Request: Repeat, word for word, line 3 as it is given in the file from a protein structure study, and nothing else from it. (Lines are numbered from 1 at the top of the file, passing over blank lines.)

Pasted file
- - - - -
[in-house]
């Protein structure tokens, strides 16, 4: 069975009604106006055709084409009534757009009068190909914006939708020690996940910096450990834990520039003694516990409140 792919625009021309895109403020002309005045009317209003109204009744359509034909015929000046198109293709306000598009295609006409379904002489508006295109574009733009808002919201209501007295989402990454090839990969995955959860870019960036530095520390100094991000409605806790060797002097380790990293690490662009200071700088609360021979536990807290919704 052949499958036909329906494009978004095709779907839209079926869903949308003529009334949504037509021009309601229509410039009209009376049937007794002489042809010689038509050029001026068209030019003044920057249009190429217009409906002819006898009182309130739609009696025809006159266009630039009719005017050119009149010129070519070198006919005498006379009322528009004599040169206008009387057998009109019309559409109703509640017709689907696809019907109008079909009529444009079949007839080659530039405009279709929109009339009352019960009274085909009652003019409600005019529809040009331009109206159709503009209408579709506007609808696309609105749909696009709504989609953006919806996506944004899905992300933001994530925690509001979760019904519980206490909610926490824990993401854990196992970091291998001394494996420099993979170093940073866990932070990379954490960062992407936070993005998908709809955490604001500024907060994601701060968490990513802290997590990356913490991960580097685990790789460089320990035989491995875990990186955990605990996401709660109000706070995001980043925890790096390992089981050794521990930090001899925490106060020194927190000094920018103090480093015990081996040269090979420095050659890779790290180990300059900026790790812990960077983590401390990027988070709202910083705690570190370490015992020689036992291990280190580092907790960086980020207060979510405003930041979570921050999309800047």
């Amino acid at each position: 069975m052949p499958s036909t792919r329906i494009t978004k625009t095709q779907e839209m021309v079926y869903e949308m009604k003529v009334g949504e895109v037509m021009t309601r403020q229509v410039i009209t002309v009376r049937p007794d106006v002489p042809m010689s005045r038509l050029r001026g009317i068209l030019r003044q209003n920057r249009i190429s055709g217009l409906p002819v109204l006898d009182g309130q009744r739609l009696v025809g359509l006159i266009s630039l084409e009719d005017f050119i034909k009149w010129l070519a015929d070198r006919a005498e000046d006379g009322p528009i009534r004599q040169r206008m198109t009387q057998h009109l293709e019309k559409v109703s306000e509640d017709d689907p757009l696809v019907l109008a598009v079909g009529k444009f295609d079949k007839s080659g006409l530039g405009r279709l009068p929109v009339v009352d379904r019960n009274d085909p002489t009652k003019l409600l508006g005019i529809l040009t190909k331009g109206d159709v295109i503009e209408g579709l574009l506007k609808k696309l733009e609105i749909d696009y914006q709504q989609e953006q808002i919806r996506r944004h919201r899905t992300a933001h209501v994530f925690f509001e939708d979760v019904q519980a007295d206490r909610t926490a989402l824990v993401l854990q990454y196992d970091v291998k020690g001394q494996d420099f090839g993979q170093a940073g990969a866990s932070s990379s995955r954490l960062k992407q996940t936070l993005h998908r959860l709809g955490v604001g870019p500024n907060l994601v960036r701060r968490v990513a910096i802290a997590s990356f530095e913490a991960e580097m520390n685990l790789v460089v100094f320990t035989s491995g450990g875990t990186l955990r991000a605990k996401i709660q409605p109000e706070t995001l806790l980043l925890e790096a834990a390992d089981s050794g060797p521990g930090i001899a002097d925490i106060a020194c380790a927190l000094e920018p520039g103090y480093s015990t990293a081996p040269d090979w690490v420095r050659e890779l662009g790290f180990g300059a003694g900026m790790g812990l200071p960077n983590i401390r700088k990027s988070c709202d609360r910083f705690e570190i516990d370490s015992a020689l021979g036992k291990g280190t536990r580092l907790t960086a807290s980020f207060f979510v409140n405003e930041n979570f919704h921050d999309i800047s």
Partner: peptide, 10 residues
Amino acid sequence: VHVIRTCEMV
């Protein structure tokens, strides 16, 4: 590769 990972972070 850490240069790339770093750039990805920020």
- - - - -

């Amino acid at each position: 069975m052949p499958s036909t792919r329906i494009t978004k625009t095709q779907e839209m021309v079926y869903e949308m009604k003529v009334g949504e895109v037509m021009t309601r403020q229509v410039i009209t002309v009376r049937p007794d106006v002489p042809m010689s005045r038509l050029r001026g009317i068209l030019r003044q209003n920057r249009i190429s055709g217009l409906p002819v109204l006898d009182g309130q009744r739609l009696v025809g359509l006159i266009s630039l084409e009719d005017f050119i034909k009149w010129l070519a015929d070198r006919a005498e000046d006379g009322p528009i009534r004599q040169r206008m198109t009387q057998h009109l293709e019309k559409v109703s306000e509640d017709d689907p757009l696809v019907l109008a598009v079909g009529k444009f295609d079949k007839s080659g006409l530039g405009r279709l009068p929109v009339v009352d379904r019960n009274d085909p002489t009652k003019l409600l508006g005019i529809l040009t190909k331009g109206d159709v295109i503009e209408g579709l574009l506007k609808k696309l733009e609105i749909d696009y914006q709504q989609e953006q808002i919806r996506r944004h919201r899905t992300a933001h209501v994530f925690f509001e939708d979760v019904q519980a007295d206490r909610t926490a989402l824990v993401l854990q990454y196992d970091v291998k020690g001394q494996d420099f090839g993979q170093a940073g990969a866990s932070s990379s995955r954490l960062k992407q996940t936070l993005h998908r959860l709809g955490v604001g870019p500024n907060l994601v960036r701060r968490v990513a910096i802290a997590s990356f530095e913490a991960e580097m520390n685990l790789v460089v100094f320990t035989s491995g450990g875990t990186l955990r991000a605990k996401i709660q409605p109000e706070t995001l806790l980043l925890e790096a834990a390992d089981s050794g060797p521990g930090i001899a002097d925490i106060a020194c380790a927190l000094e920018p520039g103090y480093s015990t990293a081996p040269d090979w690490v420095r050659e890779l662009g790290f180990g300059a003694g900026m790790g812990l200071p960077n983590i401390r700088k990027s988070c709202d609360r910083f705690e570190i516990d370490s015992a020689l021979g036992k291990g280190t536990r580092l907790t960086a807290s980020f207060f979510v409140n405003e930041n979570f919704h921050d999309i800047s």